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There isn't a presidential candidate in sight.

No photo opportunities, either, except for the ones of exhausted hikers along the Crawford Path. No talk of presidents, except Eisenhower (the bald peak to the southeast) and Monroe (the one to the west). No mention of the trail, except for the trail to Lakes of the Clouds.

This is the last breath of summer, and the last chance to pause and take pleasure in what we have and value before the sprint to the millennium and the marathon to Election Day. And this, smack in the middle of the state with the first presidential primary, is the very best place to do it.

The candidates dash to union halls and school auditoriums and, increasingly, to television stations. They miss the best part of New Hampshire, above the tree line. They miss the trail warnings that might shape their lives, like the one about bears that offers sound advice for hikers and politicians alike: Stand your ground.

In the old days, before cellular phones and English colonists, the Indians had a name for Mount Washington. They called it Agiocochook, which means "home of the Great Spirit." We think of Mount Washington that way in my family, too. It is a special place for us, full of myth and mystery.

And so this summer we headed to the Presidential Range, a three-day hike away from all our comforts. These broad mountain shoulders are just the place to take two city girls whose minds would be dizzied with worries about the onset of the second grade and the sixth, except for the fact that their mom and dad insisted they spend the two weeks before school opened visiting six of New Hampshire's lakes, five of its state parks, four of its icy river swimming holes, three of its peaks over 4,000 feet, two of its viewing spots for the Old Man in the Mountain and, just to prove that they are human after all, one of its water parks.

But it is Mount Washington that will linger with them, just as it has with their father, who every summer sets out to write a column about his family's vacation (one of our traditions of summer) but who never seems to get beyond New Hampshire, even in years when there is no election. There's no explanation for it. The campaign starts here, too, and no one can explain that, either.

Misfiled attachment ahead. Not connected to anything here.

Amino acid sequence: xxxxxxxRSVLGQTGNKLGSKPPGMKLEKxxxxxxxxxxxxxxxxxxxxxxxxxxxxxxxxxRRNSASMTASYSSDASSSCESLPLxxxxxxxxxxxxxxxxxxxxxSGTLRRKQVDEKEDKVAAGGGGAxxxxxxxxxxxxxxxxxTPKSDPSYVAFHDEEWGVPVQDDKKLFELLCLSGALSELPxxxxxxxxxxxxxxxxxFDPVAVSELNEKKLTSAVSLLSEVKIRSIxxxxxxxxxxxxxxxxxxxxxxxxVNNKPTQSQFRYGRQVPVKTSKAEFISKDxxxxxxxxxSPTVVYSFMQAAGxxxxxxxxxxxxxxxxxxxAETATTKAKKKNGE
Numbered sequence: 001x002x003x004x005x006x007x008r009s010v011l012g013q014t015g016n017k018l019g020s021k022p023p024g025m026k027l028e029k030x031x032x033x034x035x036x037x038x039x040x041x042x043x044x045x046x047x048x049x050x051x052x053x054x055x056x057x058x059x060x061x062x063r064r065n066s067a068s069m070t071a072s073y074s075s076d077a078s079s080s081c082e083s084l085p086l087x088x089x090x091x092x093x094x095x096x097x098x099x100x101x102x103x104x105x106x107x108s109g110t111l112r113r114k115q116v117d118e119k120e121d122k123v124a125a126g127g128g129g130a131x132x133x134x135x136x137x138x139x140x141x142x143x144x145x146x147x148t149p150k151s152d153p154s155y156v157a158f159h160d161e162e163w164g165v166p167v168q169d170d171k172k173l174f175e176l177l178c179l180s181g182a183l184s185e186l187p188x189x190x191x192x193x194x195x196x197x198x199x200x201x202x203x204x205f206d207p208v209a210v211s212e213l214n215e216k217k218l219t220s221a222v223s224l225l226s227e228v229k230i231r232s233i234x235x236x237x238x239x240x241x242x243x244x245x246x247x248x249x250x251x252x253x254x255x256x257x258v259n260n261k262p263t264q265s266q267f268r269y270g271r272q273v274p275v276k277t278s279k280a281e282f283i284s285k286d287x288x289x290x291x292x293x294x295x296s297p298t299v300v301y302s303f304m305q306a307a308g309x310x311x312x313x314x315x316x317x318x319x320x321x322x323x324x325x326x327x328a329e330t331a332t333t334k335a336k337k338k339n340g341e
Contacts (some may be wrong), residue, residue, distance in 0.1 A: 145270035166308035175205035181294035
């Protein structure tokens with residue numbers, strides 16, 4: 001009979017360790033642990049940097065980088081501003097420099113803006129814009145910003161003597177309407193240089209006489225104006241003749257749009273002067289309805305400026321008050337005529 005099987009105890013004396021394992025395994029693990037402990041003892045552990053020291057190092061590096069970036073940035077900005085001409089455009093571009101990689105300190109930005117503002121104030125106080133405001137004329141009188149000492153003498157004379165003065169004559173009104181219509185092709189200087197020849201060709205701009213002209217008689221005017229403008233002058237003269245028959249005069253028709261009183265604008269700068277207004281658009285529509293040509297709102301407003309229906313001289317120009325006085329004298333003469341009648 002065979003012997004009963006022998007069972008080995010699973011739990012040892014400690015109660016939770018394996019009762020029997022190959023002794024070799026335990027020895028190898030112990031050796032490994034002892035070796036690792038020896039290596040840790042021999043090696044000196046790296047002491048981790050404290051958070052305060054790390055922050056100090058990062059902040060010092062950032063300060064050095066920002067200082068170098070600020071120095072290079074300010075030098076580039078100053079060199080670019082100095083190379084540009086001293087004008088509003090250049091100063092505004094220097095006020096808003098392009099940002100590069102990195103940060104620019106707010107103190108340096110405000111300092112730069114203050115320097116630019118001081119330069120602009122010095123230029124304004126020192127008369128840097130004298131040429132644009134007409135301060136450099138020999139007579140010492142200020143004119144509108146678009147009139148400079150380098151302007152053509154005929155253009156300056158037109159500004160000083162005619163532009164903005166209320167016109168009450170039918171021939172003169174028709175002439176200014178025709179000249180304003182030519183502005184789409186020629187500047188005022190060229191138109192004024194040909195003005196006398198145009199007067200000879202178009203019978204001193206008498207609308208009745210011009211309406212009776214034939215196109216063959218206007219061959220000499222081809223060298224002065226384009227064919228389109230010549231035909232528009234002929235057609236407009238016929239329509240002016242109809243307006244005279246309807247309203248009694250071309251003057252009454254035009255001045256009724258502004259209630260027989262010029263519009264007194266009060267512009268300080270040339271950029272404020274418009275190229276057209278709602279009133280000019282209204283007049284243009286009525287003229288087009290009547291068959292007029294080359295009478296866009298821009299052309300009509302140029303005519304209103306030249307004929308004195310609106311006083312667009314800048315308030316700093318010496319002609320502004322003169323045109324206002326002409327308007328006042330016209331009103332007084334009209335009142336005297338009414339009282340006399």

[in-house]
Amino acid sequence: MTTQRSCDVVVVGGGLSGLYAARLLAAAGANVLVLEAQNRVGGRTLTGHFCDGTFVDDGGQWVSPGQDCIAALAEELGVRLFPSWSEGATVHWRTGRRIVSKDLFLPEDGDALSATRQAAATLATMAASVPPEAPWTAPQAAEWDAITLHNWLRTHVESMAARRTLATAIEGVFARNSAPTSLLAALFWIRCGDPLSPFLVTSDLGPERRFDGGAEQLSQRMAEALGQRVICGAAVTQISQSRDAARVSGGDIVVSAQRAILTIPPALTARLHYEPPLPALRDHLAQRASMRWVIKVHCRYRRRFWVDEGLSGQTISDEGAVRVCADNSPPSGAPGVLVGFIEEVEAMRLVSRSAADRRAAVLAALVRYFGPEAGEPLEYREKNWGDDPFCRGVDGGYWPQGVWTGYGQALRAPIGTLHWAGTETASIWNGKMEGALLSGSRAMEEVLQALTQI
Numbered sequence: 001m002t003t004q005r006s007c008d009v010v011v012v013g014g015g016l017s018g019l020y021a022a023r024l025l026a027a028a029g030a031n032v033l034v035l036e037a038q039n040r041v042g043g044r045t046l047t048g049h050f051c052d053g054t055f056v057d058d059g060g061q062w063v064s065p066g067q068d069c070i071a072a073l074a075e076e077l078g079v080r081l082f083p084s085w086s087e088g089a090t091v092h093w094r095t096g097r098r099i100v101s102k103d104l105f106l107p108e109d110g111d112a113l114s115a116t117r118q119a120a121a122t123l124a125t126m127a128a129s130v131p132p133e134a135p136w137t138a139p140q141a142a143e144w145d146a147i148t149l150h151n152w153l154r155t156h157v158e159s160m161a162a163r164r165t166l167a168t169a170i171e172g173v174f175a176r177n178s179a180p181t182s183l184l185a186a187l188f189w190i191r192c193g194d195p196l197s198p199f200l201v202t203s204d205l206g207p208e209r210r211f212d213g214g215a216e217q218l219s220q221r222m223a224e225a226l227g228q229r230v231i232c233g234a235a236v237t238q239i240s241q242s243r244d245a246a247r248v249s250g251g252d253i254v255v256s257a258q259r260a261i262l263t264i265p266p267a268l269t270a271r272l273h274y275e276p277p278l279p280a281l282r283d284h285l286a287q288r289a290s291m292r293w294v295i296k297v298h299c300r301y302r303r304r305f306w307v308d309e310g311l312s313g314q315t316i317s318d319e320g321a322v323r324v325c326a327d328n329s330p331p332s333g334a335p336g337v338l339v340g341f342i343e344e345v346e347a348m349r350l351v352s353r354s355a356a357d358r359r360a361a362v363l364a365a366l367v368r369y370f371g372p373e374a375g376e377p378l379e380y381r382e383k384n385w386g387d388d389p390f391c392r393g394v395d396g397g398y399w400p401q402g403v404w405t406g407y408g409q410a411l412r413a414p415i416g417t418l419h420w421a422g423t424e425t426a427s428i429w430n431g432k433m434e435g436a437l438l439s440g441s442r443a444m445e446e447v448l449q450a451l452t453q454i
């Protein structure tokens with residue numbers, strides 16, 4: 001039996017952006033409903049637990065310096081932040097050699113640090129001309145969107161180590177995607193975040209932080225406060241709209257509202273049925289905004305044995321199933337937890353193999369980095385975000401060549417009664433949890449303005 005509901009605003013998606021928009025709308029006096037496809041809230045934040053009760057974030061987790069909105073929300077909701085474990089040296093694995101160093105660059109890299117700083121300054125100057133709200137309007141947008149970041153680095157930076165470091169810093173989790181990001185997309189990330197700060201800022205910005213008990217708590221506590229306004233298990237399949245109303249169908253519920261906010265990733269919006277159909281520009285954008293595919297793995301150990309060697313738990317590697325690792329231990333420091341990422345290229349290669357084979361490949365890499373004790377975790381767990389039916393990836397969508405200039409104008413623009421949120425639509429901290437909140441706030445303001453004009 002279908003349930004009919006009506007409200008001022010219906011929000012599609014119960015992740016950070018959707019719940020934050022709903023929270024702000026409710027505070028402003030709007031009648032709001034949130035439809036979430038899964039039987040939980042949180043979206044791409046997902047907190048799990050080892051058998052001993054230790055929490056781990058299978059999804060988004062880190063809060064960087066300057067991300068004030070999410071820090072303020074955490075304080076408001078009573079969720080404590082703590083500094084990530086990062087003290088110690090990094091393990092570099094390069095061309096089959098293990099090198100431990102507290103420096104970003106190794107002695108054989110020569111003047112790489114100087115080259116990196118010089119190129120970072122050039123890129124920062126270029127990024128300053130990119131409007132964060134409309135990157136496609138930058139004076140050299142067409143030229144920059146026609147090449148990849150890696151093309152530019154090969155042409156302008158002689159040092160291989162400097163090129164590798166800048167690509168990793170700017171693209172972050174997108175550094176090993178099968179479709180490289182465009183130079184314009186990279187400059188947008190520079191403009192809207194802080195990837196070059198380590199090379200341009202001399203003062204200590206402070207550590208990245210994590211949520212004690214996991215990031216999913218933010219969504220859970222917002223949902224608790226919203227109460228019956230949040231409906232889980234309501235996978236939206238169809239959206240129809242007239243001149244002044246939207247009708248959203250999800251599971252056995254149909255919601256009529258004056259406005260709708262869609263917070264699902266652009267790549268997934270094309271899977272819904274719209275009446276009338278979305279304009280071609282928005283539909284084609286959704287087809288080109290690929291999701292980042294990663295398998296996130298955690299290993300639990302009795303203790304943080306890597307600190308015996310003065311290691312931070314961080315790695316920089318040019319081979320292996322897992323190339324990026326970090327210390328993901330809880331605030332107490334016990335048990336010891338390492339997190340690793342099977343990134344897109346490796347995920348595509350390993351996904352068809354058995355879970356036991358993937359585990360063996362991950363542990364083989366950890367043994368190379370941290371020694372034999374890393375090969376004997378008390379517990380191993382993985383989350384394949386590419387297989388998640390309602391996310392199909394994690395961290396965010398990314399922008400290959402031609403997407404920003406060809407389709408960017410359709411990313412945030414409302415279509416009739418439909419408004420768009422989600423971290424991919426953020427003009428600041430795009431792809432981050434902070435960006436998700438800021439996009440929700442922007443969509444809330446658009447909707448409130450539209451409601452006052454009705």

Nor can anyone explain why the people who want to be president can venture north of Massachusetts and not linger for an afternoon at Newfound Lake, where the sharp eye will find four dozen different wildflowers. Or not pass the noon hour at Polly's Pancake Parlor in the lovely little village of Sugar Hill, where the pancakes (whole wheat, buckwheat, oatmeal buttermilk and cornmeal) are served under silky syrup ("personally selected for color and flavor") on a hill overlooking Hildex Farm. Or not pause at Shackett's, where you can devour a lobster-and-shrimp roll, buy the Sunday paper and fill up with regular unleaded, all in one stop. We did.

But this I know: Here in the White Mountains is a place where two children, and their parents, can feel like silhouettes in an etching, lone figures with packs crossing the ridge line. Here is a place where, at dusk, the sky looks like a hospital nursery, splotches and splashes of soft pink alternating with baby blue. Here is a place where the word "bobcat" might be dropped in casual dinner conversation, and where the people who share your table at the Mizpah Spring Hut might have just come in from exploring the moist and mossy bogs of Crawford Notch, which are nothing less than archives of the ecosystem, registering within them the vegetation and wildlife of the past.

And here is a place where, with no artificial stimuli and miles from a mall, a precious 11-year-old might shriek "Wow!" (an exact quote) three or four times an hour and where her little sister, only 7, might hike seven hours and never lose her composure, or her enthusiasm, or her special way of reminding us that the greatest miracle of nature may be the indomitable spirit imbedded in human nature.

Thus passed the summer of 1999 in the first primary state and in the life of our family. All too quickly.

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